Photo by Brad Penner-USA TODAY Sports
It has been a whirlwind 24 hours for the Orlando Magic.
In the hours leading up to the draft, the team’s leading scorer for the past two seasons, Arron Afflalo, was traded to the Denver Nuggets for Evan Fournier and the 56th pick (Devyn Marble). Then, in the draft, they acquired Aaron Gordon with the fourth overall pick — which was immediately received as a reach — and later traded the rights for Dario Saric and future first and second round picks to the Philadelphia 76ers for Elfrid Payton.
By trading Afflalo away and bringing in two rookies, the Magic shed a lot of cap room, and got a lot younger and a lot more athletic — another sign that the team is committed to a long rebuild.
The Magic had the opportunity to draft Dante Exum, Julius Randle, or Marcus Smart with the fourth pick — all prospects that were ranked higher than Gordon heading into the draft — but they stuck with a high motor player whom they believe will flourish in their system.
At 6-foot-9 and 220 pounds, Gordon has the size to be a power forward, but the biggest concern defensively, as of now, is that he’s not strong enough to guard opposing fours in the NBA. Nevertheless, he was a versatile defender at Arizona, capable of sticking with wings on the perimeter and defending big men on the low post, so the potential for him to develop further is there.
He’ll have to bulk up if the Magic plan to use him primarily as a power forward, but he’s got a good frame to build on and he’s only 18 years old (turns 19 on September 16). He’s also a high energy guy who is willing to do all the little things on the basketball court, which is something Rob Hennigan values greatly.
However, the biggest drawback with Gordon is how raw he is offensively. He’s not a big threat on the block and he’s a very poor shooter. He’s shown the ability to knock down 3s — shot 16-for-45 in his lone year at Arizona — but his mechanics are inconsistent and he connected on just 42.2 percent of his free throws last season. He excels on the fast break and is an excellent leaper, but it may take him some time to adjust offensively to the NBA level.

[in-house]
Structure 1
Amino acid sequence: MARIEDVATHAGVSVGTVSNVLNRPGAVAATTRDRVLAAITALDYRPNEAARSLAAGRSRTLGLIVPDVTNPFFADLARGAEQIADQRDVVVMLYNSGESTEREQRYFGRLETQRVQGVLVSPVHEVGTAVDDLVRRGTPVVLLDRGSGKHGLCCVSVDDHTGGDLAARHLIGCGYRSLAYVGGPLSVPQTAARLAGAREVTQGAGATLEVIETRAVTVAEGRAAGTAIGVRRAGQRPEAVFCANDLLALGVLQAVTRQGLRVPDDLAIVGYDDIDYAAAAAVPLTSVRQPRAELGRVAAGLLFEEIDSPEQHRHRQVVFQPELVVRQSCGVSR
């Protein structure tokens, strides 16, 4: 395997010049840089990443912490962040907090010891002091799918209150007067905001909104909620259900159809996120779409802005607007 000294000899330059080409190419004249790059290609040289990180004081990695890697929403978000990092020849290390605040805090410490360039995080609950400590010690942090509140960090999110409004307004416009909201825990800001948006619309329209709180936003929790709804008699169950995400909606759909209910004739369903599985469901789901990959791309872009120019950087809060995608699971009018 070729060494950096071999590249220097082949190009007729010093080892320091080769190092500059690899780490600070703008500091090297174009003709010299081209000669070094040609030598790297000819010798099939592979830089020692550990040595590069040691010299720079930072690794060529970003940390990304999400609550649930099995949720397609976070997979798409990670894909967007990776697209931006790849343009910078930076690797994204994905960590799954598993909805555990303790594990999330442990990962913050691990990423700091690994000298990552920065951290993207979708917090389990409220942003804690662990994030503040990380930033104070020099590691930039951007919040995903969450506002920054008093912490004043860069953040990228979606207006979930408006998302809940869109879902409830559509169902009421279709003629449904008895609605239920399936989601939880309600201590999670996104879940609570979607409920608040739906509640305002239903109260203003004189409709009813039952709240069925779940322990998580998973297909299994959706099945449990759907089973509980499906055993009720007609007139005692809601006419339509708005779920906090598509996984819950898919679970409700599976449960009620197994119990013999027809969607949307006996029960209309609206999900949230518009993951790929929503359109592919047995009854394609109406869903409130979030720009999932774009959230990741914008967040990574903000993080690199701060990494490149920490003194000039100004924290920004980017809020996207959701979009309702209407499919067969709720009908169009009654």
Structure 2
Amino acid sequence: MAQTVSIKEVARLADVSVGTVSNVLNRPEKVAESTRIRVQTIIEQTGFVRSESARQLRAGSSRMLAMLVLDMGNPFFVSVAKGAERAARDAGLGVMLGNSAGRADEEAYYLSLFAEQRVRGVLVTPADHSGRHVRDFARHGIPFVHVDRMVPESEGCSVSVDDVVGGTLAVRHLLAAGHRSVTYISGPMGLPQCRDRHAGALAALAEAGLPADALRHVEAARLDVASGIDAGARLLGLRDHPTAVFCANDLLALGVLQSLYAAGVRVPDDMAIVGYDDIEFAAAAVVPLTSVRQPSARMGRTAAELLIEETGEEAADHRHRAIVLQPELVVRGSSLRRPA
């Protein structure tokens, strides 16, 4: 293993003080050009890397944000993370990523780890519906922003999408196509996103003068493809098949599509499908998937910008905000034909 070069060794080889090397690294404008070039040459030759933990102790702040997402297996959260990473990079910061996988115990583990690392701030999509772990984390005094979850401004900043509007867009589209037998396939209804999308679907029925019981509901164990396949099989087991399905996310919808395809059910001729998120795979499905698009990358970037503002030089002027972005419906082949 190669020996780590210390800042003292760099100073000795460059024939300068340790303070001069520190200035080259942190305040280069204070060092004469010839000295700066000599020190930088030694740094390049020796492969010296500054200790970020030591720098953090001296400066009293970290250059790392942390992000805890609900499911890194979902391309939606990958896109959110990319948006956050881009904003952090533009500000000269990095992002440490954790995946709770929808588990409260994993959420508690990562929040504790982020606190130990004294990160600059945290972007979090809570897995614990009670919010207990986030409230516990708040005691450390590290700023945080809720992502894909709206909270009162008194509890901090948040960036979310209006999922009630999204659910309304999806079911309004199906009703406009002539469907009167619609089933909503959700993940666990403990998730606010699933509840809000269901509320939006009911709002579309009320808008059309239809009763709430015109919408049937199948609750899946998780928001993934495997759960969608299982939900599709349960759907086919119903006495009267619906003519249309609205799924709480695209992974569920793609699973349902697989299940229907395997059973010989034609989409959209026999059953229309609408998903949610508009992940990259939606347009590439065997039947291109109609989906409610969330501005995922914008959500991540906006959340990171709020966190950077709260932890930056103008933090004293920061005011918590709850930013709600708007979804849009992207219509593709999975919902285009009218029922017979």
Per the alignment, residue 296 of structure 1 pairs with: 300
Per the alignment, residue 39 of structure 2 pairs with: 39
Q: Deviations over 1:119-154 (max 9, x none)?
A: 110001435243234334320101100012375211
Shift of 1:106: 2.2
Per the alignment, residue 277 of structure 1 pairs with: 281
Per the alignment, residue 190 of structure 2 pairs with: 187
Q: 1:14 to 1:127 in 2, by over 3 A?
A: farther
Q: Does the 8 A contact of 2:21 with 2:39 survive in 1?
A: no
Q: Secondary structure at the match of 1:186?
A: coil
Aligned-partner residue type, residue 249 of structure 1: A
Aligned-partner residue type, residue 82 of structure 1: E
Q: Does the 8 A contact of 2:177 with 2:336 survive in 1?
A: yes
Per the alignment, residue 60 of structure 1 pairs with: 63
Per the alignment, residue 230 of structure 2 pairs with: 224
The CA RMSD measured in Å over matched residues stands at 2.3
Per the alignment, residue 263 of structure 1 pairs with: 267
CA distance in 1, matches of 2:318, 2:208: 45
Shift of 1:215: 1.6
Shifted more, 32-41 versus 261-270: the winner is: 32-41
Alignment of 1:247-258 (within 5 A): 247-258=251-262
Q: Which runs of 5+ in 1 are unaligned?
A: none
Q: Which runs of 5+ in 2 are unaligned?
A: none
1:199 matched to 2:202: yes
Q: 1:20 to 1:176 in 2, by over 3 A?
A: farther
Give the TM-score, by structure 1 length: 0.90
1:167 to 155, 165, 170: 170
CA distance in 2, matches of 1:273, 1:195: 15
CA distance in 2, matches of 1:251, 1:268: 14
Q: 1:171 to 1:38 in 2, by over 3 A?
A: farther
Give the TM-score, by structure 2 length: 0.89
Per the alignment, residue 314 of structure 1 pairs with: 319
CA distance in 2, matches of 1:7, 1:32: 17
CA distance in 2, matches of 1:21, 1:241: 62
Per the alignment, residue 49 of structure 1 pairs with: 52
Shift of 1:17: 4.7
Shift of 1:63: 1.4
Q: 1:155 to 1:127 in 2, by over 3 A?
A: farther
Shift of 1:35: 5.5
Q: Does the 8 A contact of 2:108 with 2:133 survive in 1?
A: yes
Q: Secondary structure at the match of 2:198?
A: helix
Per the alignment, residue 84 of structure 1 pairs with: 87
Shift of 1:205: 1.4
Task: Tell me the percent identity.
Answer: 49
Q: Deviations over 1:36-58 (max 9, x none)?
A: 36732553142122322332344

Payton is similar to Gordon in many ways despite playing a different position. He loves to get out in transition, which will be a perfect fit alongside Victor Oladipo, and he has a knack for getting to the rim and drawing fouls. He is also an outstanding perimeter defender. Payton was named the Defensive Player of the Year in the Sun Belt Conference for the 2013-14 season, and he should be able to guard both guard positions once he develops.
Yet perimeter shooting is another big drawback — Payton shot 4-for-22 on catch-and-shoots last season, and 15-for-55 off the dribble, per Draft Express. He’s also a turnover machine, which doesn’t bode well for a young team that was in the middle-of-the-pack last season in that department.
Both players have tremendous upside and they pride themselves on outworking their opponents, but they also have some glaring deficiencies, many of which are correctable. By parting ways with their best shooter from last season and bringing in two who struggled mightily to stretch the floor, the Magic will be in the running to be one of the worst shooting teams in the NBA next season.
While time is on their side, they were second-to-last in offensive efficiency last season (slightly ahead of the Philadelphia 76ers), and with a young core of Payton, Oladipo, Harkless, Gordon, and Vucevic, there are no signs of that improving any time soon.
Defensively, though, they should flourish. A lineup consisting of Payton, Oladipo, Harkless, and Gordon should wreak havoc on the defensive end of the court.
Payton will also likely fulfill the point guard duties, thereby allowing Oladipo to play his more natural position at shooting guard, and with Afflalo no longer rocking the pinstripes, he will have free roam from that position. The franchise also has a ton of cap room to work with, which they could use on a free agent if the right fit arises.
Gordon was one of the best players in college basketball last season and he has all the tools in place to develop into a scary two-way player. Payton showed a lot of promise in his last two years at Louisiana-Lafayette, and over time he’ll have the chance to iron his shortcomings out as well.
It’s easy to lose faith by trying to jump the gun on the rebuilding plan, so it’s commendable that Rob Hennigan has been able to stick to his guns and stay on course. The Magic weren’t expected to be a contender this season, nor next, but they’ve got the assets in place to make something happen in the future.
There is still a lot that is up in the air — whether or not Gordon and Payton can ever develop an outside jump shot is a major concern — but they’ve got a young, athletic defensive-minded core in place that has potential to develop into a cohesive unit.